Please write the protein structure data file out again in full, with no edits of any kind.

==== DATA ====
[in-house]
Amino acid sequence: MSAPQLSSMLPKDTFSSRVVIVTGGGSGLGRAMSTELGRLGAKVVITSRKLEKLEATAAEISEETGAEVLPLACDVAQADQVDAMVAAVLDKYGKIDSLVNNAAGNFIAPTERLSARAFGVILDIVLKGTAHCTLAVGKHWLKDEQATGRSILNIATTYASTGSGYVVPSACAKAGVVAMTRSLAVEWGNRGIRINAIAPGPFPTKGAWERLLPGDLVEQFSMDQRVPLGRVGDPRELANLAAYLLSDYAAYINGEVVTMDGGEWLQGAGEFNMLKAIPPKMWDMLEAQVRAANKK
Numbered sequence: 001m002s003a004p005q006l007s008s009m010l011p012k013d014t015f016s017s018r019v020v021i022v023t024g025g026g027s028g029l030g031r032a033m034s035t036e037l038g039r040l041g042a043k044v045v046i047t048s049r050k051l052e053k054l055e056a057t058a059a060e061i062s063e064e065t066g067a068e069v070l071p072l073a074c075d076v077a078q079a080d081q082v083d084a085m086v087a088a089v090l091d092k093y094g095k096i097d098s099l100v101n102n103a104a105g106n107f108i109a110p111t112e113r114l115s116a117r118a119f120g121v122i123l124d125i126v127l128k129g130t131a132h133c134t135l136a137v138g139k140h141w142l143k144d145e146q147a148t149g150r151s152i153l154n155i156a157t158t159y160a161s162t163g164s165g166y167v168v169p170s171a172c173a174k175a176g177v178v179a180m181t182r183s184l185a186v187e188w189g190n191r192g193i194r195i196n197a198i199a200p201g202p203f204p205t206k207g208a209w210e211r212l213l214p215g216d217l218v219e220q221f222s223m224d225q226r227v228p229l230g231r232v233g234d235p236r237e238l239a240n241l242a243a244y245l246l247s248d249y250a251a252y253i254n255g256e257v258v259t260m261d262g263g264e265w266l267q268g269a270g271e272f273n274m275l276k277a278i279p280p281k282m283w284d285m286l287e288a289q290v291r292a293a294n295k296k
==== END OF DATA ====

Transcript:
[in-house]
Amino acid sequence: MSAPQLSSMLPKDTFSSRVVIVTGGGSGLGRAMSTELGRLGAKVVITSRKLEKLEATAAEISEETGAEVLPLACDVAQADQVDAMVAAVLDKYGKIDSLVNNAAGNFIAPTERLSARAFGVILDIVLKGTAHCTLAVGKHWLKDEQATGRSILNIATTYASTGSGYVVPSACAKAGVVAMTRSLAVEWGNRGIRINAIAPGPFPTKGAWERLLPGDLVEQFSMDQRVPLGRVGDPRELANLAAYLLSDYAAYINGEVVTMDGGEWLQGAGEFNMLKAIPPKMWDMLEAQVRAANKK
Numbered sequence: 001m002s003a004p005q006l007s008s009m010l011p012k013d014t015f016s017s018r019v020v021i022v023t024g025g026g027s028g029l030g031r032a033m034s035t036e037l038g039r040l041g042a043k044v045v046i047t048s049r050k051l052e053k054l055e056a057t058a059a060e061i062s063e064e065t066g067a068e069v070l071p072l073a074c075d076v077a078q079a080d081q082v083d084a085m086v087a088a089v090l091d092k093y094g095k096i097d098s099l100v101n102n103a104a105g106n107f108i109a110p111t112e113r114l115s116a117r118a119f120g121v122i123l124d125i126v127l128k129g130t131a132h133c134t135l136a137v138g139k140h141w142l143k144d145e146q147a148t149g150r151s152i153l154n155i156a157t158t159y160a161s162t163g164s165g166y167v168v169p170s171a172c173a174k175a176g177v178v179a180m181t182r183s184l185a186v187e188w189g190n191r192g193i194r195i196n197a198i199a200p201g202p203f204p205t206k207g208a209w210e211r212l213l214p215g216d217l218v219e220q221f222s223m224d225q226r227v228p229l230g231r232v233g234d235p236r237e238l239a240n241l242a243a244y245l246l247s248d249y250a251a252y253i254n255g256e257v258v259t260m261d262g263g264e265w266l267q268g269a270g271e272f273n274m275l276k277a278i279p280p281k282m283w284d285m286l287e288a289q290v291r292a293a294n295k296k